After the Nobel Prize, what do you do for an encore?
Brownian motion makes it difficult for scientists to examine single protein molecules. W.E. Moerner, who had previously won the Nobel prize in chemistry, started tackling this issue in 2004. He and his team developed the ABEL Trap, which allows researchers to corral single molecules for study. Since then, scientists have used the trap to study proteins involved in photosynthesis and other major biological systems.

Contact: Kristin Manke
Kristin.Manke@Science.doe.gov
DOE/US Department of Energy

14-Nov-2016
Radiation security team from Sandia works behind the scenes at events to protect public
Richard Stump has been to five Super Bowls and hasn't seen a single pass, run or touchdown. Stump works security -- a very special kind of security -- at large public events. He's a senior scientist on Sandia National Laboratories' Radiological Assistance Program (RAP) team.

Contact: Mollie Rappe
mrappe@sandia.gov
505-844-8220
DOE/Sandia National Laboratories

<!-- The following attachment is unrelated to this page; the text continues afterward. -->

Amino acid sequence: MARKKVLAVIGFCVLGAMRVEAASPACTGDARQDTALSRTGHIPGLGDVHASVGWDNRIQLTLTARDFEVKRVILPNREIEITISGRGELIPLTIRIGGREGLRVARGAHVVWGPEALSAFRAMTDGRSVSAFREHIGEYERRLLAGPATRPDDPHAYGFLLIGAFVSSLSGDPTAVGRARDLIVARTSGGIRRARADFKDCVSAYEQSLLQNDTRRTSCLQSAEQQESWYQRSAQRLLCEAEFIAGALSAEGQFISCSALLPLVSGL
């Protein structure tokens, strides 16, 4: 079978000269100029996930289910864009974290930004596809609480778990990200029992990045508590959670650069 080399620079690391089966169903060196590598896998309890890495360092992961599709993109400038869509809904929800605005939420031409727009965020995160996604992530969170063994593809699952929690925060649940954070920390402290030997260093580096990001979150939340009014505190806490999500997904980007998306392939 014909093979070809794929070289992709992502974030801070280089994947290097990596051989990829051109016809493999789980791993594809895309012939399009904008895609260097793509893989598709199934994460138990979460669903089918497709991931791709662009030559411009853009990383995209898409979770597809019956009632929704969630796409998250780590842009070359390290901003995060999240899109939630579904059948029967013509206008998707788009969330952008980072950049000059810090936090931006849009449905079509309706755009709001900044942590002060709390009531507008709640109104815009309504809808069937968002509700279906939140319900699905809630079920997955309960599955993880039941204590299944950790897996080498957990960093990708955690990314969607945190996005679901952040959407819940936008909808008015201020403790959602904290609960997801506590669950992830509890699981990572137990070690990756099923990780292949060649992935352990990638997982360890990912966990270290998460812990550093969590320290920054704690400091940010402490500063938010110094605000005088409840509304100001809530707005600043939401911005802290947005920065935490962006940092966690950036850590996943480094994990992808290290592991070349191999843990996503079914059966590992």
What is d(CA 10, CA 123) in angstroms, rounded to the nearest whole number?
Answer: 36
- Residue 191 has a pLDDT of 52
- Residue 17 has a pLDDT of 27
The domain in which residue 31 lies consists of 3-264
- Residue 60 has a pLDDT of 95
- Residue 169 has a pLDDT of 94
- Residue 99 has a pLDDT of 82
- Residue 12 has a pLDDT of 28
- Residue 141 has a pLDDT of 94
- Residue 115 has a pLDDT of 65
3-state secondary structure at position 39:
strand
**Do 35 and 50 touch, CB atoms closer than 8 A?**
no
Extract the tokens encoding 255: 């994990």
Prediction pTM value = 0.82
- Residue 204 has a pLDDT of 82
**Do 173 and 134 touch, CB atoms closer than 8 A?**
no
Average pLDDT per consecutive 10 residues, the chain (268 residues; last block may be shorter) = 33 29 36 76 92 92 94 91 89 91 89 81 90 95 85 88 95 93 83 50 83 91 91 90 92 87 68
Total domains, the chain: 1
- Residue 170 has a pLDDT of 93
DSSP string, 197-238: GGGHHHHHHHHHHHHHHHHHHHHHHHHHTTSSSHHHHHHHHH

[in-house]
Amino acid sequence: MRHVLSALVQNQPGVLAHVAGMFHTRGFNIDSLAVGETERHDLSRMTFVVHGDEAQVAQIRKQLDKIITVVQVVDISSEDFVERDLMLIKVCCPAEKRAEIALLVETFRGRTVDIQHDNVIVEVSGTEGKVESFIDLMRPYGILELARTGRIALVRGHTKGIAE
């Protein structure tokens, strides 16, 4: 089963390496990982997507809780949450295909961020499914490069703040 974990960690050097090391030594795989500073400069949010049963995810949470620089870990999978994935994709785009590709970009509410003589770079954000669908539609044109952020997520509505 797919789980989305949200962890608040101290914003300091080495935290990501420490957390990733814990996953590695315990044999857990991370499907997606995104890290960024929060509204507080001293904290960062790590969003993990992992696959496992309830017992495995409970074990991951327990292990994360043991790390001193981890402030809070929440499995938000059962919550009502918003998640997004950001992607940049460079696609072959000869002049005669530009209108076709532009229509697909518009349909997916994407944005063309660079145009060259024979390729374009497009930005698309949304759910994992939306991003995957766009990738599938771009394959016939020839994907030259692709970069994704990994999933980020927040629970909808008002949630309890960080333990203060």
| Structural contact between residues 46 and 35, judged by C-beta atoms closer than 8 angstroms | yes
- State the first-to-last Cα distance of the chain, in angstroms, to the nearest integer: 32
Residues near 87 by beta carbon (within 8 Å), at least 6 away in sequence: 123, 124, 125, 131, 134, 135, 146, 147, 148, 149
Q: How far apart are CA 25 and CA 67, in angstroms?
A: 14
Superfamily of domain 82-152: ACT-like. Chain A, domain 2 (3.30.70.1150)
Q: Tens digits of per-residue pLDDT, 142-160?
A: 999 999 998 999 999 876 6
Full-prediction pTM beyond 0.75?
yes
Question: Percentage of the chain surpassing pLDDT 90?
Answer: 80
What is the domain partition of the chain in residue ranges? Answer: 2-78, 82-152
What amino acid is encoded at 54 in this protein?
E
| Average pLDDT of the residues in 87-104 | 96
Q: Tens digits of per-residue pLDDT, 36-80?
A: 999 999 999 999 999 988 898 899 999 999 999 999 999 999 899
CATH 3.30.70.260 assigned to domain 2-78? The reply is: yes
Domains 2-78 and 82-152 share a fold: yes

14-Nov-2016
The search for dark matter
Researchers have been attempting to measure dark matter for more than three decades, but have yet to detect a dark matter particle. Through experiments both deep underground like LUX and LUX-ZEPLIN and in space like the AMS, researchers are narrowing the field of search.

Contact: Shannon Brescher Shea
shannon.shea@science.doe.gov
DOE/US Department of Energy

11-Nov-2016
Nanotechnology manager elected president of Materials Research Society
Senior manager Sean Hearne, who leads the Center of Integrated Nanotechnology (CINT) for Sandia National Laboratories, has been elected president of the Materials Research Society. MRS is an international organization that promotes interdisciplinary materials research with 15,000 members from academia, industry and national labs.

Contact: Mollie Rappe
mrappe@sandia.gov
505-844-8220
DOE/Sandia National Laboratories

11-Nov-2016
PPPL senior physicist Wei-li Lee honored at week-long symposium